Well, it is Monday and the new internet connection is cranking. Hooray. So this blog is alive again. But that certainly was the highlight of the past weekend. Here is a brief summary the Weekend From Hell
Friday: We started getting ready for the movers at 5:00 a.m. We finally stopped at 10:30 p.m. ... exhausted but not finished yet. Of course, the weather was hot and humid. It rained on us all Friday afternoon. It was grueling
Saturday: We started early again, hoping to get finished before the movers showed up. Of course it was 90 degrees and humid, but the movers showed up on time and had all the furniture moved by mid afternoon. Great kudos to the movers! But when the bill came it was $666.50. I am not making this up. I gave the guys all a tip to break the spell.
Sunday: The tips didn't break the spell. I went down to the basement at the rental and found that the basement floor was flooded. We called the landlord, who left a message with his fix-it guy, who did not return the call. We continued to work at the other house, but did not finish moving everything out. Nobody called back about the flood.
Monday: At first it looked like the puddle was drying up, but then it got bigger. So we gave up on the landlord's fix-it guy and called our own plumber, who showed up in an hour and told us the bad news. The "water" in the basement was raw sewage that had backed up into the washing machine and subsequently onto the floor. We had a 20 foot stream of sewage in the basement.
Two plumbers and one HAZMAT crew later, the mess is gone, but so is the day.
And we have not yet finished moving out of the house.
The asbestos guys are supposed to come on Wednesday to tear out the floors.
Go ahead. Ask me how my weekend went.
The bright side is that the Verizon guy showed up and got us back on line so that I can complain about it all on this blog.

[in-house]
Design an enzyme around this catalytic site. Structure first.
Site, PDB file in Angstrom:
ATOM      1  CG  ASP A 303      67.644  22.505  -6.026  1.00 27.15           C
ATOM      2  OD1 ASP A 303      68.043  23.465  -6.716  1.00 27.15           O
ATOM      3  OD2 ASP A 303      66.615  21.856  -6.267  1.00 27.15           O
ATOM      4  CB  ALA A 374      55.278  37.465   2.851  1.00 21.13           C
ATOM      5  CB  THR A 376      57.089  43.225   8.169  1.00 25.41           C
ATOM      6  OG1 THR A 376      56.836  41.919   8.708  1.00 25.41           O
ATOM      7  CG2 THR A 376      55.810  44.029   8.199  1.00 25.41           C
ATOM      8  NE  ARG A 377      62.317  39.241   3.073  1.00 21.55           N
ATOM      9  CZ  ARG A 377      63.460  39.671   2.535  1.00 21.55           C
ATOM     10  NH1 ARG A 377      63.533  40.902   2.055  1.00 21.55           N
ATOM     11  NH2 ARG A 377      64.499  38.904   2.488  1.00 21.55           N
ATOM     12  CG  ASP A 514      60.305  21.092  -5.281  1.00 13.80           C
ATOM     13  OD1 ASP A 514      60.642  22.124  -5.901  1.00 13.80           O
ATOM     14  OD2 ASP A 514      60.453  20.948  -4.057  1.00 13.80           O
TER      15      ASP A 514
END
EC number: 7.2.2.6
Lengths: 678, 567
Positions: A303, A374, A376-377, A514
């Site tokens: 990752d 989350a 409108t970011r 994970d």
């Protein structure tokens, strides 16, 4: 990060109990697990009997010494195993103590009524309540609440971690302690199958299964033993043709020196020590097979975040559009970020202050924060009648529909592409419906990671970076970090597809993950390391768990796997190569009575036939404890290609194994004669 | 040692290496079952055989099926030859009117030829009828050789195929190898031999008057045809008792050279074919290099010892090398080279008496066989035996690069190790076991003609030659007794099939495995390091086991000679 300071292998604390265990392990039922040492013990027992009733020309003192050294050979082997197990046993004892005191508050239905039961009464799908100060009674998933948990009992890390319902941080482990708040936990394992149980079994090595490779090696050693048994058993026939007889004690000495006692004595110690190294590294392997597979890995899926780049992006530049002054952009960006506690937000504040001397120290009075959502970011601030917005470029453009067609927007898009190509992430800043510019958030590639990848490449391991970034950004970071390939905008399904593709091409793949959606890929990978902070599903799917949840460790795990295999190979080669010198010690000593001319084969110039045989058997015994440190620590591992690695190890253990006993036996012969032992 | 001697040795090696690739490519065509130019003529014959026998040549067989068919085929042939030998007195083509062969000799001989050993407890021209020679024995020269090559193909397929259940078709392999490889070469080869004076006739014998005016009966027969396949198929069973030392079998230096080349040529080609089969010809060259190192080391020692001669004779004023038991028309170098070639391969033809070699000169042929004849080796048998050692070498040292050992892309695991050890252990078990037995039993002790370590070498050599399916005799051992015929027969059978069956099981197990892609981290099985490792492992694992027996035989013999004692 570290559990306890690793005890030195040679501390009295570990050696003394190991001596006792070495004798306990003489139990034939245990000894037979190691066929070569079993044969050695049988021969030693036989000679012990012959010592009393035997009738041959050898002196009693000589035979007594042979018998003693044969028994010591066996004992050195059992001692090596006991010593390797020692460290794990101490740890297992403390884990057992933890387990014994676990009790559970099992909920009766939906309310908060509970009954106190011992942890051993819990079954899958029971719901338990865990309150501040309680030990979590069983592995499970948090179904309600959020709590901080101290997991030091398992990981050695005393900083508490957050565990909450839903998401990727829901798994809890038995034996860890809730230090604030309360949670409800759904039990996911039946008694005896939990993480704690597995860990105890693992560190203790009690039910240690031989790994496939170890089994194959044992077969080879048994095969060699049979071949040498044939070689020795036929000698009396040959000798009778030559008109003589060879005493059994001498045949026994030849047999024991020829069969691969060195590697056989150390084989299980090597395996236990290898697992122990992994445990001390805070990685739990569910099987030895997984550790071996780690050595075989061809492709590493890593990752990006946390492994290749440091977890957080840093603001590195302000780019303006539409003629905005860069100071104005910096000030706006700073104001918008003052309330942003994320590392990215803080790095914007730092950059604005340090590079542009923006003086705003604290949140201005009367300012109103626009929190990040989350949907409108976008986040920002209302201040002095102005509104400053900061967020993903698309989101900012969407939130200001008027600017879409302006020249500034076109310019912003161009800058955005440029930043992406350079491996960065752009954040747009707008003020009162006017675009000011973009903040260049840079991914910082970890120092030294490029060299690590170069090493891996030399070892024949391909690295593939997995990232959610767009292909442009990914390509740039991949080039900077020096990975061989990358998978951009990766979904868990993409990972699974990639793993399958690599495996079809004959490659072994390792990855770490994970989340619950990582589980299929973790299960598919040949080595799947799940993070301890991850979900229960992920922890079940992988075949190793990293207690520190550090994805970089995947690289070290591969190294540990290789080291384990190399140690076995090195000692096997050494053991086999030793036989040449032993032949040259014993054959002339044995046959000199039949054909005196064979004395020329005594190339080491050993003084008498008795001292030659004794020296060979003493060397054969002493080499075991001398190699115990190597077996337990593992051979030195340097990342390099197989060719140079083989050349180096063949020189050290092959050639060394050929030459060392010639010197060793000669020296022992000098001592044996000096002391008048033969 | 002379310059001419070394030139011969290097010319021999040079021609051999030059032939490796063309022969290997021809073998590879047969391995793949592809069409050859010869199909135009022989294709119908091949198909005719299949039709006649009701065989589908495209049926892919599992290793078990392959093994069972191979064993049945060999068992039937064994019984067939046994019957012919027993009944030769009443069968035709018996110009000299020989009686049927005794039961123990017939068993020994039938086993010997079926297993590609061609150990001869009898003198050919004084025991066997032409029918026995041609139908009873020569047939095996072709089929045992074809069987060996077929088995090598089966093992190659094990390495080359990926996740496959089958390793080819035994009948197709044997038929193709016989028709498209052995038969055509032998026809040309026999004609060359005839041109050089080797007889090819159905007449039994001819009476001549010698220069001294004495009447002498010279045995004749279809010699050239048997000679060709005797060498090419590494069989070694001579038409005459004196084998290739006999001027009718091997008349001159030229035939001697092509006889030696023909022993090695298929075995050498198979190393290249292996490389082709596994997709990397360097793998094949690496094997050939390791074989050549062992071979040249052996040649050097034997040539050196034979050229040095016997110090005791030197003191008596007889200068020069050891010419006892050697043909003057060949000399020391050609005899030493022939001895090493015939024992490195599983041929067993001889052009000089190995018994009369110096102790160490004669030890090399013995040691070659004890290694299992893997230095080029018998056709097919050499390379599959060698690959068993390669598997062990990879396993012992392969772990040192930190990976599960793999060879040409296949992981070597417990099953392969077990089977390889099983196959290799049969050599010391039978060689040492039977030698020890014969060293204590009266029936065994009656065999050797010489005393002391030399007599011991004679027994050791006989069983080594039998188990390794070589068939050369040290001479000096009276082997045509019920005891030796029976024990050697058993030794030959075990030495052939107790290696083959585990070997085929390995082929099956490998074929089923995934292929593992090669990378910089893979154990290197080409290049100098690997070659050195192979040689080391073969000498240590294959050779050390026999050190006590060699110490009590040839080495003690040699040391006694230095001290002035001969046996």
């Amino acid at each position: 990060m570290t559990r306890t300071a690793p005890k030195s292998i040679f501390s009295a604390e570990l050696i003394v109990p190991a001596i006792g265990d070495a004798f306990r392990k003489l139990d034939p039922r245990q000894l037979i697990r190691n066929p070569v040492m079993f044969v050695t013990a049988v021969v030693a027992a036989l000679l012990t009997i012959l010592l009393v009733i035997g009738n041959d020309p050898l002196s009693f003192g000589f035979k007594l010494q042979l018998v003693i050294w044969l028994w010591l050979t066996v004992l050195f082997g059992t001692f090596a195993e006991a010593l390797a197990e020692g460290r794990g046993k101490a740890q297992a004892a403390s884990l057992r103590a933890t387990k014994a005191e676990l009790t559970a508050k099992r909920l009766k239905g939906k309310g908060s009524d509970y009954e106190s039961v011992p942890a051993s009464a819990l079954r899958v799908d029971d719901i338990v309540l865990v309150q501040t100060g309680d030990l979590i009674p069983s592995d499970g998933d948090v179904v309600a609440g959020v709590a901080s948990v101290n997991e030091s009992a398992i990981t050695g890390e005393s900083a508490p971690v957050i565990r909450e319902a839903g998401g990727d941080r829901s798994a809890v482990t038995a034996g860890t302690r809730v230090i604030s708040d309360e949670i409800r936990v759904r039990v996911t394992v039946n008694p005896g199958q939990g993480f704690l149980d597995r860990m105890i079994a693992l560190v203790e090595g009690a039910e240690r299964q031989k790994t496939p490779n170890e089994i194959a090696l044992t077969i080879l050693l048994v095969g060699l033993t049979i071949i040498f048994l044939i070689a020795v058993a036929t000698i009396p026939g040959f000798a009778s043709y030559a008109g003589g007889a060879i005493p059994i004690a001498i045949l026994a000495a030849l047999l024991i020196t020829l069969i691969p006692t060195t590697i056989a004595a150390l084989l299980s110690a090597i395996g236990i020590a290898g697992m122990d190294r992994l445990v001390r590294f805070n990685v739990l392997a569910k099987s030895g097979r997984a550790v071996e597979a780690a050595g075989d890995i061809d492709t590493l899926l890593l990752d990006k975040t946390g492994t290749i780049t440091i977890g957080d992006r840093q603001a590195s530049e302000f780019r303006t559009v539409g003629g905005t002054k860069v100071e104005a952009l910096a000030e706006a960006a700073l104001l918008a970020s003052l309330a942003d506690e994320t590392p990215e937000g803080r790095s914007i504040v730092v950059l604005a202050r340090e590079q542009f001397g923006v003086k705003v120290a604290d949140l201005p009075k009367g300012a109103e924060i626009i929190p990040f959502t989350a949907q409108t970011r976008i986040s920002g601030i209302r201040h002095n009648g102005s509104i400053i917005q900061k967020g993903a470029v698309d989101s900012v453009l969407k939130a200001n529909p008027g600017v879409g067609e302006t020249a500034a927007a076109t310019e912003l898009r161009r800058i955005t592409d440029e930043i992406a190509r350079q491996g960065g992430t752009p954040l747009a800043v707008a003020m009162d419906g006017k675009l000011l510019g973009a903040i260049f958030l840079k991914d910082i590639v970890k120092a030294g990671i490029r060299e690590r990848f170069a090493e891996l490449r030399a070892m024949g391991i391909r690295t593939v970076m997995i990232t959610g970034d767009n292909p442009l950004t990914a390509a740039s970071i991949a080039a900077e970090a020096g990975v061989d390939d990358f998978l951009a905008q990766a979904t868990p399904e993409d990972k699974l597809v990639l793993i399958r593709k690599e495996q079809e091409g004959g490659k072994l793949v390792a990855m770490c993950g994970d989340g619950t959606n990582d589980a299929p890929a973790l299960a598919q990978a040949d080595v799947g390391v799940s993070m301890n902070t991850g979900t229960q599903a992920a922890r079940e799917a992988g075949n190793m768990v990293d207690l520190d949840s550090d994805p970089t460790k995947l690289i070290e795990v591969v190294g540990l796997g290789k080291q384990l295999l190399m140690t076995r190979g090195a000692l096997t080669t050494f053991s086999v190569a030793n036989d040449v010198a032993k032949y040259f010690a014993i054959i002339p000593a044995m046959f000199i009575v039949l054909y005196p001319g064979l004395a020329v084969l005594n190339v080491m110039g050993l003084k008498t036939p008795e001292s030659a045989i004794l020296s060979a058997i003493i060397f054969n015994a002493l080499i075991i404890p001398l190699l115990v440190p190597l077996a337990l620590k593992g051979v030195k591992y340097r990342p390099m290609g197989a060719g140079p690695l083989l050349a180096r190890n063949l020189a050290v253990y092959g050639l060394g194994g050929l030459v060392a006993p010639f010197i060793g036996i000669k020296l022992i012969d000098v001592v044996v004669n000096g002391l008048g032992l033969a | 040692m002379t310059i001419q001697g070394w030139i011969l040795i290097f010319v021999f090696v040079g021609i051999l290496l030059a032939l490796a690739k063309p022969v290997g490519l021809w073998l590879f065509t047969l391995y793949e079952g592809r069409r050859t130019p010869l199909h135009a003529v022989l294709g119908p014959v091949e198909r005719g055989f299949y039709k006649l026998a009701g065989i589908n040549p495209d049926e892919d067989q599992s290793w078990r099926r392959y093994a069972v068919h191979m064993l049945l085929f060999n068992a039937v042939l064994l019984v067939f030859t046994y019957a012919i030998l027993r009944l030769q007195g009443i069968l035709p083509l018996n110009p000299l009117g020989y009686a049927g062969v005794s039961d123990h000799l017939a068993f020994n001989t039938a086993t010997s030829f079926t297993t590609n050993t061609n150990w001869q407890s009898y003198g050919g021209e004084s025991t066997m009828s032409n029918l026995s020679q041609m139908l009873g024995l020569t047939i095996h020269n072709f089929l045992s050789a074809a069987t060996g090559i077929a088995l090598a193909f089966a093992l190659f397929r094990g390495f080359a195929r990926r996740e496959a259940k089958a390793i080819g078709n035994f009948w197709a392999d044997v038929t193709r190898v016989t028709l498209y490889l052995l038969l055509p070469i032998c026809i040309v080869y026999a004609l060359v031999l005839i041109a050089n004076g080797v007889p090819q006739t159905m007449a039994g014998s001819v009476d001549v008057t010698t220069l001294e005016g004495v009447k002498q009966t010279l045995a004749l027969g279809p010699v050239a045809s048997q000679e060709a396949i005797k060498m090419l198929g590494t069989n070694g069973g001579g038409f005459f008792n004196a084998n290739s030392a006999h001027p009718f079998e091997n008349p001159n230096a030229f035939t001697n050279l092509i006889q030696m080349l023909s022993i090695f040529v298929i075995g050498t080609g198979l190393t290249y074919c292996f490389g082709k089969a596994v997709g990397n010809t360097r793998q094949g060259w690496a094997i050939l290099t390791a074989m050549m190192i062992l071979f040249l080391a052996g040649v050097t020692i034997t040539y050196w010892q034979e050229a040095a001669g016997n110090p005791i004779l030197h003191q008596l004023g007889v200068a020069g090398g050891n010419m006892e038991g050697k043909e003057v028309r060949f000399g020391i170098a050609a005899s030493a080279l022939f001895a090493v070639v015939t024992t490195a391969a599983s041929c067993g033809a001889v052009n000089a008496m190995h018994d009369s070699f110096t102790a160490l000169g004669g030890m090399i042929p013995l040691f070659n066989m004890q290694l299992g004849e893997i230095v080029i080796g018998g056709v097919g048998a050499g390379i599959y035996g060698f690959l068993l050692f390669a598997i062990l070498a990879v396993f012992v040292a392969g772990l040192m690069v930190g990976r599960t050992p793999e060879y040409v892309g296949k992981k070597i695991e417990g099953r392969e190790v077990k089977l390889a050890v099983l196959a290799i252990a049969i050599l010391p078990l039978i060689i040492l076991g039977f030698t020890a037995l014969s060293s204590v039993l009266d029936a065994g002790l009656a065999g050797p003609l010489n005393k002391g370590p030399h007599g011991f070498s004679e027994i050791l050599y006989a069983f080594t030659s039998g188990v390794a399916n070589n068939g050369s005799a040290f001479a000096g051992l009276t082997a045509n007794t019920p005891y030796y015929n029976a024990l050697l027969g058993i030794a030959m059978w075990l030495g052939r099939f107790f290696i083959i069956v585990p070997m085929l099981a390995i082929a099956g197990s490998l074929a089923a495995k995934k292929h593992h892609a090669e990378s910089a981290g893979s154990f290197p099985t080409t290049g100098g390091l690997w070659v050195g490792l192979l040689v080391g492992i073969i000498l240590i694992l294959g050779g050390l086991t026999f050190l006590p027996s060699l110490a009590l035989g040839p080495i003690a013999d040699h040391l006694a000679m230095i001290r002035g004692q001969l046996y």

Monday, July 19, 2010
We spent this past weekend doing what we have done for the last four weekends, moving heavy stuff in 90 degree temperatures and high humidity.
This weekend we were surprised with a special treat as well.
As with many New England houses, our second floor is built in the attic in a dormer with knee walls covering the eaves. Not having grown up here, I do not understand the propensity that people have to want to live in their attics, but it is a long standing New England tradition. Back where I grew up all the rooms are rectangular boxes, and the attic is a barbaric space for storing stuff that you really don't want but don't dare throw out. New Englanders find living in the attic cozy; I find it claustrophobic. But I digress; that is a discussion for another time.
Having no proper attic to abuse with mounds of stored stuff, we stored our stuff into the eaves behind the knee wall. The eaves are accessible only through a panel in the knee wall that is behind the bed. So, to get into the eaves, we had to move the bed.
So far so good.
But, in the process of moving the bed, we heard a snap and a crack, and the wood of one of the legs splintered, dropping the rail onto the floor with half of the mattress and box springs along with it. The bed had broken.
"No problem" I said, "I will take it all apart and glue it back together in time for the Big Move (B.M.)".
"Not so fast", said Murphy... who stalks me.... "where do you think all the glue is? Where do you think the clamps are?".
And yes, indeed, I remembered that all of the glue and other fix-it supplies had already been moved over to the apartment. Who knew? Also, all the wood clamps had already been packed into the depths of the POD. I put them way in the back because, after all, I was not going to be starting any woodworking projects any time soon.
So we unpacked the POD and finally found the clamps and did a run over to the apartment to fetch the glue. I glued the broken wood back onto the foot of the bed and we stuffed the rest of the bed into a closet. We did not have the energy or patience to put the bed back together for only four days of use, so we are sleeping on the mattress on the floor.
This is quite an adventure. When you are 20-something, this might be exciting, but when you are 60-something it is something else.
Tuesday, July 13, 2010
How Bad Is It?
So, how bad is this house we are tearing down? Take a look.